Chapter 7:11-19 (ESV) - Now if perfection had been attainable through the Levitical priesthood (for under it the people received the law), what further need would there have been for another priest to arise after the order of Melchizedek, rather than one named after the order of Aaron? For when there is a change in the priesthood, there is necessarily a change in the law as well. For the one of whom these things are spoken belonged to another tribe, from which no one has ever served at the altar. For it is evident that our Lord was descended from Judah, and in connection with that tribe Moses said nothing about priests.
This becomes even more evident when another priest arises in the likeness of Melchizedek, who has become a priest, not on the basis of a legal requirement concerning bodily descent, but by the power of an indestructible life. For it is witnessed of him,
“You are a priest forever,
after the order of Melchizedek.”
For on the one hand, a former commandment is set aside because of its weakness and uselessness (for the law made nothing perfect); but on the other hand, a better hope is introduced, through which we draw near to God.
Question to consider: Why does the author refer to the law as weak and useless?
Our society holds to the premise that humans are basically good, and that most of our bad behavior is the result of ignorance or errant teaching. It is their belief that the best way to cure this world is through education. So, according to their worldview, if we can break down and redefine traditional institutions and norms, we can develop a new way of thinking that will end things like: race and income inequality, pollution, overpopulation, and poverty.
However, what is education but law? Whether it’s man’s law or God’s law, the author of Hebrews makes it evident that through the law, we are condemned and not saved. Paul reiterates this point in Romans 7:7-8, “What then shall we say? That the law is sin? By no means! Yet if it had not been for the law, I would not have known sin. For I would not have known what it is to covet if the law had not said, ‘You shall not covet.’ But sin, seizing an opportunity through the commandment, produced in me all kinds of covetousness. For apart from the law, sin lies dead.”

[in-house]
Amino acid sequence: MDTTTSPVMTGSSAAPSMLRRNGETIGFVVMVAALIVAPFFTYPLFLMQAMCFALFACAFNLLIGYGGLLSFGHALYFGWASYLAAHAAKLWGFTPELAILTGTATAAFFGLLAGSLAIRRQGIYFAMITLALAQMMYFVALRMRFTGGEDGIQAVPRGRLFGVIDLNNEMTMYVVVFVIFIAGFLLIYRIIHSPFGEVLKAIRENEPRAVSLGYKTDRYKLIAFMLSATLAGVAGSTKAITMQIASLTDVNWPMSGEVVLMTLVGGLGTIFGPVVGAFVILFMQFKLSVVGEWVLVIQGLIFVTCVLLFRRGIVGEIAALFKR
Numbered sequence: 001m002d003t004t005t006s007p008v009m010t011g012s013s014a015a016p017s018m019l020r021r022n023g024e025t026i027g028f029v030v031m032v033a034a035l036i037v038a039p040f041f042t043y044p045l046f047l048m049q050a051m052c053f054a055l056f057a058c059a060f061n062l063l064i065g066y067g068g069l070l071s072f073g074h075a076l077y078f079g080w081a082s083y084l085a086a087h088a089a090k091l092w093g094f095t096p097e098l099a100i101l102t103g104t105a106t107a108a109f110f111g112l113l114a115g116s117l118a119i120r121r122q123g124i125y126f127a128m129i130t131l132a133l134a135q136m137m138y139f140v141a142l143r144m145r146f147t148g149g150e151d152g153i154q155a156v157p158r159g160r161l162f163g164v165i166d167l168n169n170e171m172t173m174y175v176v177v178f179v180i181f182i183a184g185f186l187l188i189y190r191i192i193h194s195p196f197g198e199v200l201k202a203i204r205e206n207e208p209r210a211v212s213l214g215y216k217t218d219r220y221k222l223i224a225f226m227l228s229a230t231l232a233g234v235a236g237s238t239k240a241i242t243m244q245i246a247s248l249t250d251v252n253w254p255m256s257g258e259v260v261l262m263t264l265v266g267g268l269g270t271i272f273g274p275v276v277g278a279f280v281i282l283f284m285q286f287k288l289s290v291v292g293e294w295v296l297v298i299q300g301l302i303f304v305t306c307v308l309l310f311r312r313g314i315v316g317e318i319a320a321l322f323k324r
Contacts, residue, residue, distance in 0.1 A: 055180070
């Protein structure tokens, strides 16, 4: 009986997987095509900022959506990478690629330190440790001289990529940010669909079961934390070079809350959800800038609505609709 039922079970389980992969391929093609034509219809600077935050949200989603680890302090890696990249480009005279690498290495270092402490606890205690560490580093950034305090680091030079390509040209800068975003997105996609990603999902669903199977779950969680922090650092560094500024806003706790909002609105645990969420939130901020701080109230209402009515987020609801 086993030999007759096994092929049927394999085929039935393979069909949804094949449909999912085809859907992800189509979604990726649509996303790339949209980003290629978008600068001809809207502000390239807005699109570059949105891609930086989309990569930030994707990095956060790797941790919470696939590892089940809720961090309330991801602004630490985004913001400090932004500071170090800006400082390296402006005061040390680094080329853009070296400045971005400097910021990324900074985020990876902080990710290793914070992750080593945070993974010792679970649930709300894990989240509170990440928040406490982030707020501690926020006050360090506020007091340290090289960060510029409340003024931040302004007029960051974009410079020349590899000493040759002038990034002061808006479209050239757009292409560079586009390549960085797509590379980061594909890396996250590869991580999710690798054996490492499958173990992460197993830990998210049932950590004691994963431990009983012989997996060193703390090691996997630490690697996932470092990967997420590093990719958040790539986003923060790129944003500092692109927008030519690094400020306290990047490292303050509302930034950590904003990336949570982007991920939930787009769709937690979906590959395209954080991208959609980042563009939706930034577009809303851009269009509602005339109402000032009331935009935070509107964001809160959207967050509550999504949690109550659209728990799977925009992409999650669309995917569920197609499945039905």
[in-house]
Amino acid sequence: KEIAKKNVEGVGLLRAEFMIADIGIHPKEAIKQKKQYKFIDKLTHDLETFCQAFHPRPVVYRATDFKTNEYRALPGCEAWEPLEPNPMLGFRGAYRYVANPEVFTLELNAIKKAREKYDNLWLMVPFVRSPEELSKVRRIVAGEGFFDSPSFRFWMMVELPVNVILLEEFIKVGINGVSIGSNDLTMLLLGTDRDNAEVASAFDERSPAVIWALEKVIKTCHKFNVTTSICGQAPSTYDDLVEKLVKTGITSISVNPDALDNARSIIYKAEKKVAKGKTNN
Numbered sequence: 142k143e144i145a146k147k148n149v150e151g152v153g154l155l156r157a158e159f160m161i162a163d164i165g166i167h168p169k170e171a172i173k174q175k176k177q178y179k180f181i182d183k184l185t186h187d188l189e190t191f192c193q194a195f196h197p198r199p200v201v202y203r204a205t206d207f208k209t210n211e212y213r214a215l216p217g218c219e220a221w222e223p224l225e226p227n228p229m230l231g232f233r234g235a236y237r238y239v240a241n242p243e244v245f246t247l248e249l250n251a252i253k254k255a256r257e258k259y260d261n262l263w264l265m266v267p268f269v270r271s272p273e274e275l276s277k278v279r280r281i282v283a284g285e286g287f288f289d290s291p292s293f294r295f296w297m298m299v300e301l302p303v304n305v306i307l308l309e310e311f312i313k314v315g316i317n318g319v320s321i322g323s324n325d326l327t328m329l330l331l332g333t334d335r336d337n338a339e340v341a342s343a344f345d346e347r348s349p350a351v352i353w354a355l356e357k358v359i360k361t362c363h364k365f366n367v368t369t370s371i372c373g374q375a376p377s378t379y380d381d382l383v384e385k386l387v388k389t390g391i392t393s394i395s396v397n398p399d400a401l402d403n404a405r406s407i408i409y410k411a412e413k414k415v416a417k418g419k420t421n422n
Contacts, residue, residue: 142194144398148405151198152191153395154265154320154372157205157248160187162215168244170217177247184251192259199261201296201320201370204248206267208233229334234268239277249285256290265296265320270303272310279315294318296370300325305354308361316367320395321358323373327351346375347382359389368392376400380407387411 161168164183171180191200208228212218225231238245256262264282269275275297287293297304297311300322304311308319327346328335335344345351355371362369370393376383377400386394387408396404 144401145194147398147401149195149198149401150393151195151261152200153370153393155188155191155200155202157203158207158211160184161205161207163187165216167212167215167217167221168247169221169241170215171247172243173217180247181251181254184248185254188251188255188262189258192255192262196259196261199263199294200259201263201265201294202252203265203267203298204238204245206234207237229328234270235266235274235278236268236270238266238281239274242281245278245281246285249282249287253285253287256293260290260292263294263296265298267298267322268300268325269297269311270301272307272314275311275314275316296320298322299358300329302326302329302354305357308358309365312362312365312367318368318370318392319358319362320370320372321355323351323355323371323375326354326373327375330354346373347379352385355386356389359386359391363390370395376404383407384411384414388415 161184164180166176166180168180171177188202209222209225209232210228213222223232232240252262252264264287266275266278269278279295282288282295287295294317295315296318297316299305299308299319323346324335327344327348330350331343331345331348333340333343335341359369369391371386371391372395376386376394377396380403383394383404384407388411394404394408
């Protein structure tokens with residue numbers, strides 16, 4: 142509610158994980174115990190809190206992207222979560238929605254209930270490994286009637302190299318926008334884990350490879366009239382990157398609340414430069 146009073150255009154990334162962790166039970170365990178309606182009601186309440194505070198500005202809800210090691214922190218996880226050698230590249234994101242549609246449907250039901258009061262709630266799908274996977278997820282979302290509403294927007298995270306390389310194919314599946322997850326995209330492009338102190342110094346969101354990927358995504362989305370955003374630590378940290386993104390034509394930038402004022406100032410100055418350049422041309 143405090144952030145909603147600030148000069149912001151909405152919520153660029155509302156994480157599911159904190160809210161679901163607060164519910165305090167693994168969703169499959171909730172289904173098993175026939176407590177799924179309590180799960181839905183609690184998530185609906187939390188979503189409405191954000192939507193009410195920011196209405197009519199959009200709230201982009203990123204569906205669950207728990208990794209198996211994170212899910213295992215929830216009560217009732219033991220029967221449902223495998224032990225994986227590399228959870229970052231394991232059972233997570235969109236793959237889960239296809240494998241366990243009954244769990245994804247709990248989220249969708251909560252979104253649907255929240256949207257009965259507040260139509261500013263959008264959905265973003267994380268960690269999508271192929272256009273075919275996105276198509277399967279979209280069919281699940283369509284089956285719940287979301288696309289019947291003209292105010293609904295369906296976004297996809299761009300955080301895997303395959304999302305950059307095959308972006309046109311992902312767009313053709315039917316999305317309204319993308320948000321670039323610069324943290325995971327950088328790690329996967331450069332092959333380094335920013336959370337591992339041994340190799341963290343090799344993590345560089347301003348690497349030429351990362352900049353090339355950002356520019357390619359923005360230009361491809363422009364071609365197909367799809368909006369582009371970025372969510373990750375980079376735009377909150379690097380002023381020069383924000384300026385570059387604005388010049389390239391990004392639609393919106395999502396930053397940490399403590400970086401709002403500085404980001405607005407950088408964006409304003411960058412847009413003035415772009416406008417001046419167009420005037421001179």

Paul is saying that even though the law “educated” him about covetousness, the result was not to end covetousness but desire it all the more. This disparity is caused because the societal premise that humans are basically good is faulty. Scripture says that mankind was created very good but fell into sin and corruption when our original parents disobeyed God. Every generation since has been sinful at our core and not good.
I’m all for educating people to help create a better society, but that education has to be grounded in a relationship with Christ, or it will merely teach people how to sin more creatively and extensively.
Our priest has been chosen for His indestructible life, His righteous standing before God, and since He lives forever, so He will be our priest forever. This gives us a better hope than the law which only showed us our sin and a better atonement than the sacrificial system which only temporarily covered it.
Dear Lord, make the truth of your word a light for us to discern the times we live in and a sword to battle against it. The corrupt hearts of this world believe in their own righteousness despite all evidence to the contrary. Help lift our voices to cut through their deception and turn to the great hope you have given us. Amen.